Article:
Opportunities for the Printing Industry
Personalized interviews with three microbrands surfaced some key areas where the printing industry is falling short in supporting them. Although their products are diverse, all three brands shared common challenges that can be resolved by observant print providers that are willing to serve as a resource of knowledge as well as provide print services. The three main areas include:
Education. Not all microbrands are thinking about product promotion beyond e-commerce, and in many cases, they don't see the value of printed materials, believing them to be too large an investment. Numerous opportunities exist for the industry to demonstrate how print can amplify a brand’s digital presence and how printers can support overall business growth. For example, Shaidzon Beer Company, a Rhode Island brewer of exceptional craft beers, has struggled to build brand awareness in its locale. FLEXcon and Shaidzon collaborated to brand the FLEXcon trade show booth at the recent Printing United show, and Shaidzon is now in the process of establishing a physical presence in their area. “We were unaware of the myriad options available in pressure-sensitive to build awareness for our brand,” says Chip Samson. “Not having a starting point on how to approach things is a real challenge.”
Simplification of the Process. The same knowledge gap regarding wide format graphics mentioned above exists regarding narrow format labeling and packaging and how they can drive sales through eye-catching packages produced with metalized or holographic label materials or convenience features such as resealable packaging. Microbrands need help navigating the choices. They have needs around package design, sourcing and compliance which align with their brand purpose. For example, HamdAllah Olona, the founder of GoodieKrunch, has struggled with sourcing biodegradable packaging materials. She asks, “If I utilize a packaging material made with rice, what guarantee do I have that the rice won’t leach into my product?” A print provider that can research and source options is critical.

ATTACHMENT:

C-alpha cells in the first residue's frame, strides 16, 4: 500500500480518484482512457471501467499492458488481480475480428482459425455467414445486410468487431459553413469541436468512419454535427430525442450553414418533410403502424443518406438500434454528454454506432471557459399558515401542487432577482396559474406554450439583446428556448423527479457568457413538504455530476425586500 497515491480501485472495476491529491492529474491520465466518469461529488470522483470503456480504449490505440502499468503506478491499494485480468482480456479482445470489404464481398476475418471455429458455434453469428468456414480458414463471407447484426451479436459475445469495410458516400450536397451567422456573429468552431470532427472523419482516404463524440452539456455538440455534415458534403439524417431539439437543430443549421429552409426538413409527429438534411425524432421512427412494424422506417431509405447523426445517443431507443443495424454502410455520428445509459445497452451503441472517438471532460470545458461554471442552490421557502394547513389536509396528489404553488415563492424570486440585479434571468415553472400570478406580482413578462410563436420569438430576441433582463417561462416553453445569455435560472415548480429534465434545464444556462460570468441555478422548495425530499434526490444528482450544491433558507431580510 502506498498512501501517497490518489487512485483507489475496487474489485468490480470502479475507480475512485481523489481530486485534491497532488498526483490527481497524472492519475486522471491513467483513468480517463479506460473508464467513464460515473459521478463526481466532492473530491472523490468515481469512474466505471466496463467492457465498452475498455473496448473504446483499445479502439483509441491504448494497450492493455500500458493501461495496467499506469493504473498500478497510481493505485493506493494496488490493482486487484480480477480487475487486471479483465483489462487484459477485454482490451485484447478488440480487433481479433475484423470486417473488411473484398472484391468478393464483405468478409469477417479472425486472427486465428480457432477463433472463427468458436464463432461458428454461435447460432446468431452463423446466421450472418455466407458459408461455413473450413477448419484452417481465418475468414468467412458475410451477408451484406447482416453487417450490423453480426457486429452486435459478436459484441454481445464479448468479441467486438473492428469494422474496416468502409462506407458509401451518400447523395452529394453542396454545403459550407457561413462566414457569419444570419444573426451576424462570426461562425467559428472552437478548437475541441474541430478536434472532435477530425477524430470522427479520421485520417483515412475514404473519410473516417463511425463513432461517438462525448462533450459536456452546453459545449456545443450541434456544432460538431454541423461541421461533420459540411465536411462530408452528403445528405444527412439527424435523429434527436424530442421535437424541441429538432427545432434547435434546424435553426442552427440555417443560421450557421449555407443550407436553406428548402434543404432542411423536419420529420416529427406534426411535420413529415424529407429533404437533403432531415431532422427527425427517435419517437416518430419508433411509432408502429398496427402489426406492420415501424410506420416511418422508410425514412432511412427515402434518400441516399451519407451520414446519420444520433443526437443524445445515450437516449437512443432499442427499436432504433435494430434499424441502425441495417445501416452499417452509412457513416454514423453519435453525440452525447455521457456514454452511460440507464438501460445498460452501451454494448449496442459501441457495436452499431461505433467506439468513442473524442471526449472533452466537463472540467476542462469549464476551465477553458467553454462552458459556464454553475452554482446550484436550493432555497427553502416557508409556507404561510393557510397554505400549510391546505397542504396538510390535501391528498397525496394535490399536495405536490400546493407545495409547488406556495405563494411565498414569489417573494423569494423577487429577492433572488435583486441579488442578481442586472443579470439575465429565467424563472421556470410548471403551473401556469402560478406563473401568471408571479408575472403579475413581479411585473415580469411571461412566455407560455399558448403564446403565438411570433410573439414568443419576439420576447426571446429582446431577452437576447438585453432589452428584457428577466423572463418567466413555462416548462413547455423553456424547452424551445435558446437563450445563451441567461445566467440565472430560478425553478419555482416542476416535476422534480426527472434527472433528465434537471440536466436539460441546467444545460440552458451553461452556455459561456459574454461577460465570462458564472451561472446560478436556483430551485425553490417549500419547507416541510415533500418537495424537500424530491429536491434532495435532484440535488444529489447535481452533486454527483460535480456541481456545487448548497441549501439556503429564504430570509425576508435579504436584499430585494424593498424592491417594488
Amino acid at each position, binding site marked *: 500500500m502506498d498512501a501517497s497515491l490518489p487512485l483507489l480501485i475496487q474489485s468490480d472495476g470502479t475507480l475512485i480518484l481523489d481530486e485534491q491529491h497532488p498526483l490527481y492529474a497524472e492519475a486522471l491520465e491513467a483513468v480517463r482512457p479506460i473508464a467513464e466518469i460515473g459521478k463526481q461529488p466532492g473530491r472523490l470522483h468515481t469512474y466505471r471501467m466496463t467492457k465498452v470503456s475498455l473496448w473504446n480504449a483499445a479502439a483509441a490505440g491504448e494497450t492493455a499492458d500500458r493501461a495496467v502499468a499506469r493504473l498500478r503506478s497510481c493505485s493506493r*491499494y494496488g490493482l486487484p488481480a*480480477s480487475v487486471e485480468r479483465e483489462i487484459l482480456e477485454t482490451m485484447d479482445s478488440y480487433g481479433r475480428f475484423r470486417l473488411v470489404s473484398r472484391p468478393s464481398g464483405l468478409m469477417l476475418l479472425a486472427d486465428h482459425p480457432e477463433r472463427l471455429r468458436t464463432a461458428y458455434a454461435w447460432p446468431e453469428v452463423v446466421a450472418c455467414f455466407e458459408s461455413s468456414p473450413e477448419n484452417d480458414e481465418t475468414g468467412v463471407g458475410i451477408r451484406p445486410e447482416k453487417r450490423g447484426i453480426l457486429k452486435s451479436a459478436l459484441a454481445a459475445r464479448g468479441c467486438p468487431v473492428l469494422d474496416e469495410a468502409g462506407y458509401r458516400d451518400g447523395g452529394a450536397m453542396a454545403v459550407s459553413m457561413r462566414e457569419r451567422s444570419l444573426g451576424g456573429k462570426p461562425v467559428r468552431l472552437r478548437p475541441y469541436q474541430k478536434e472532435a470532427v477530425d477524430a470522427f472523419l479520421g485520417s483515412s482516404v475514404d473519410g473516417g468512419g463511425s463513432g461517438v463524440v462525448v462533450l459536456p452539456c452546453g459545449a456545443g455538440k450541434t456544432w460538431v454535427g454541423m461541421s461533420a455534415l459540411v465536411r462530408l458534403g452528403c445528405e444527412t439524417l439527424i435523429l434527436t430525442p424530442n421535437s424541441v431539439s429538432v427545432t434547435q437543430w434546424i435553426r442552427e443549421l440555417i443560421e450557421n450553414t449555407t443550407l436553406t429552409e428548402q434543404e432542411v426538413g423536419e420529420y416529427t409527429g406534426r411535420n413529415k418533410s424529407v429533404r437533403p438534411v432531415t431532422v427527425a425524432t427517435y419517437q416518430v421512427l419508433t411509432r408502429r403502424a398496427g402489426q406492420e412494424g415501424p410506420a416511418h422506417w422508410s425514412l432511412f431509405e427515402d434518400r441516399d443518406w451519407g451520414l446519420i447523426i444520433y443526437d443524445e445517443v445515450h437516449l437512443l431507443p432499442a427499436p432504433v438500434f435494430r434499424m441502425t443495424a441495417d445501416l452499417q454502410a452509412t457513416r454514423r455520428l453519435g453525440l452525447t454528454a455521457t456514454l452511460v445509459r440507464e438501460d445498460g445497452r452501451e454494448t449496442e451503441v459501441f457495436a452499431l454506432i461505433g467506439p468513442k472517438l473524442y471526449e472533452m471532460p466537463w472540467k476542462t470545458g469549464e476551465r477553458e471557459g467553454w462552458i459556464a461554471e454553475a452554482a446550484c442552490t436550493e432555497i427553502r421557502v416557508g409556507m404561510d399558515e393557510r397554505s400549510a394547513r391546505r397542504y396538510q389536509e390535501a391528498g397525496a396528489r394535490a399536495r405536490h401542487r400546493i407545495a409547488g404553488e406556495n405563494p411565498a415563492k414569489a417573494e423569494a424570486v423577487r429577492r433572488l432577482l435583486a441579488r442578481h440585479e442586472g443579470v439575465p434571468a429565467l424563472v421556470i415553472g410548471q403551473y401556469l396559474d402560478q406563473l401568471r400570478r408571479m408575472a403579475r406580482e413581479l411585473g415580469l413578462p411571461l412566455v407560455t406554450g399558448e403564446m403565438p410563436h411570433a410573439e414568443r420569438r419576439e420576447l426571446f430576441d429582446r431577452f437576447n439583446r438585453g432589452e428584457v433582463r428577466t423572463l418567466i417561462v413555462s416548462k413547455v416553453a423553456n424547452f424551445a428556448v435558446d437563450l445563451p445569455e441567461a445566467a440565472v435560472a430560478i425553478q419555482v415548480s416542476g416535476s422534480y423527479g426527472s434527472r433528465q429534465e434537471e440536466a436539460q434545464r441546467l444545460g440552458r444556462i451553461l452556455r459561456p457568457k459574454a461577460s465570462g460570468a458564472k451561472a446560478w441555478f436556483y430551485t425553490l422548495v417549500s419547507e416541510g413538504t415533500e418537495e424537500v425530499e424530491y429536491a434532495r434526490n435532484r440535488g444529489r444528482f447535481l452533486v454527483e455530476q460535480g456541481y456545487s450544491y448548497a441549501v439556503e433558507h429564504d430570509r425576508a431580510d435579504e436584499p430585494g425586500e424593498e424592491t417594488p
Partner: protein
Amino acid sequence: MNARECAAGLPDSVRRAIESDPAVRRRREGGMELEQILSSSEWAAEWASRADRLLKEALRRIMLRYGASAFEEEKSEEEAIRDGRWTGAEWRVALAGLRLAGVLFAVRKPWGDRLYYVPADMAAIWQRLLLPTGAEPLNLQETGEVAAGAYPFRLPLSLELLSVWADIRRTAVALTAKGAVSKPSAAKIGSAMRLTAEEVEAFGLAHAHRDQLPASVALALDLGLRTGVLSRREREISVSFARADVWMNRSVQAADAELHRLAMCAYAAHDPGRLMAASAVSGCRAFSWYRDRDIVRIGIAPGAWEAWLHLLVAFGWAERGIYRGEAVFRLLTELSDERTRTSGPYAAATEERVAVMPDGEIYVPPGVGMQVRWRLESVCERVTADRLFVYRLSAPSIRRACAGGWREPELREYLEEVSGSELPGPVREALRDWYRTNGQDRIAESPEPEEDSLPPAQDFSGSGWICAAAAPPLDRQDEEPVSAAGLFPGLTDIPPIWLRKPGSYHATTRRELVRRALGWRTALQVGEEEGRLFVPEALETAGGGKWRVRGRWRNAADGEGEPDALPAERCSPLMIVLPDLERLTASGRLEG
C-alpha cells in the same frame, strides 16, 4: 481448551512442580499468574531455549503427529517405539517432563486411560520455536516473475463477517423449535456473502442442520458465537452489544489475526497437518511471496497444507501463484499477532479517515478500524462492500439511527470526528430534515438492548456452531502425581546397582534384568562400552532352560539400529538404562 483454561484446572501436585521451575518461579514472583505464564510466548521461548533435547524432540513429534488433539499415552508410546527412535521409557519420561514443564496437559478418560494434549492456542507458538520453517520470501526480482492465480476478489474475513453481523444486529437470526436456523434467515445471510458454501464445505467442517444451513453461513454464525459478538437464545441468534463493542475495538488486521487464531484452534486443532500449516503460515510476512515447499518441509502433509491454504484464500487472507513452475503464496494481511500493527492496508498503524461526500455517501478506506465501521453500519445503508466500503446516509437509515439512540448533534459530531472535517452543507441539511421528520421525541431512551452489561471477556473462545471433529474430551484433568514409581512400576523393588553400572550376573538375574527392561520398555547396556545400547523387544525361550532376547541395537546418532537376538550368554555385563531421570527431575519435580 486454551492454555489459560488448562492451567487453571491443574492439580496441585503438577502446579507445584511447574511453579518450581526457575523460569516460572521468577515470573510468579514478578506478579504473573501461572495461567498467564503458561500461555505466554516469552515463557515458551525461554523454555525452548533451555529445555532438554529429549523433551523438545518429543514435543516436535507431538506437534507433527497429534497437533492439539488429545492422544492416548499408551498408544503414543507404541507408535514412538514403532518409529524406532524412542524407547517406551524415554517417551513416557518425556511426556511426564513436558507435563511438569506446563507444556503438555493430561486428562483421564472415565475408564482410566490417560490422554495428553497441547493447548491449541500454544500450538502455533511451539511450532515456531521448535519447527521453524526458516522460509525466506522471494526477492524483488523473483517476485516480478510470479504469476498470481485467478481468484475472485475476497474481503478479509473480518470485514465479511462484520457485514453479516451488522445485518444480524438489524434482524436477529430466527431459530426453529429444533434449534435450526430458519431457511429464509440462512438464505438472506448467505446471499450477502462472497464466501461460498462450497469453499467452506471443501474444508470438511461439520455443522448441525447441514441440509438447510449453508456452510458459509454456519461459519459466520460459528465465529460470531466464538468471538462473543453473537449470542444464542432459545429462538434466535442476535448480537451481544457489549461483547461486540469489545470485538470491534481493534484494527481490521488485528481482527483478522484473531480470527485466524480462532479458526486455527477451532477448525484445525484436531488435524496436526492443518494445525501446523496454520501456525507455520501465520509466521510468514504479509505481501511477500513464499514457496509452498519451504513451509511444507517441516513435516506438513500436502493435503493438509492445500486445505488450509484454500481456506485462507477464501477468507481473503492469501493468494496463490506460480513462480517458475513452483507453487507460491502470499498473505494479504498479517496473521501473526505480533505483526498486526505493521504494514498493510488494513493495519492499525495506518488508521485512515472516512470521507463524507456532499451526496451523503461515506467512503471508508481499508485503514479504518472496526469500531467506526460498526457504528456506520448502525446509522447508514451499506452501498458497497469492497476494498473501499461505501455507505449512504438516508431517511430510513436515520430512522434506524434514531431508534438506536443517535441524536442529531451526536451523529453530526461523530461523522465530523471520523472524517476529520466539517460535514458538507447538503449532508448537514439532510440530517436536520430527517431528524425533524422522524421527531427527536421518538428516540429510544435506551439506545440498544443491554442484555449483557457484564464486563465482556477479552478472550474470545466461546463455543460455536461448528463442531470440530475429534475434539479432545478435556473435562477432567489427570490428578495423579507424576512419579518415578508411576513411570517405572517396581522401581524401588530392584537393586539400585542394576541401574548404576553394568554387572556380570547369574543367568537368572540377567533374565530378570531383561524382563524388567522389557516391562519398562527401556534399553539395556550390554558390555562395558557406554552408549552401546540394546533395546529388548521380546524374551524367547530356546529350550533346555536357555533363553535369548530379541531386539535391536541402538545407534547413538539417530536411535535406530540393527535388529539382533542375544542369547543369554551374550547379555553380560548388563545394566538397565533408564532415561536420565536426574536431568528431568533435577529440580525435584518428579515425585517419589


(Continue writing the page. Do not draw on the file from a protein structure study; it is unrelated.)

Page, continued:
Furthermore, the ability of a printer to provide the right product for the application method is necessary, so collaboration with the brand to understand their needs as they establish themselves and grow is essential. For example, they may be hand-applying labels now while demand is small, requiring a thicker gauged film and/or liner and an adhesive that can be repositioned, but as business grows and they scale up to labels that will be auto-applied, their label specifications will change. Your ability to source and print a product at all stages of their growth, and guide them through such transitions, is imperative and will build trust over the long run.
Invest in true partnership. "Microbrand” does not equal “transactional.” These brands often seek true, consultative partnerships with organizations that recognize their potential and want to help them achieve it. This includes being transparent and being comfortable with saying, “I can’t help you with that piece of the project, but I know who can.” Brenda Feldman of Inchbug was very appreciative when a potential vendor she spoke with at a trade show did that very thing.
Openness like this shows that you really care, and it won’t be forgotten. A microbrand may need only a few signs right now, but as your collaborative efforts yield business gains, the level of business they bring to you, as well as their loyalty, will only grow. Strategic relationships with your suppliers can be integral to adapting to your customers’ changing needs. A trusted supplier can not only scale production as demand changes, they can collaborate with you to problem-solve technical challenges as they arise as well.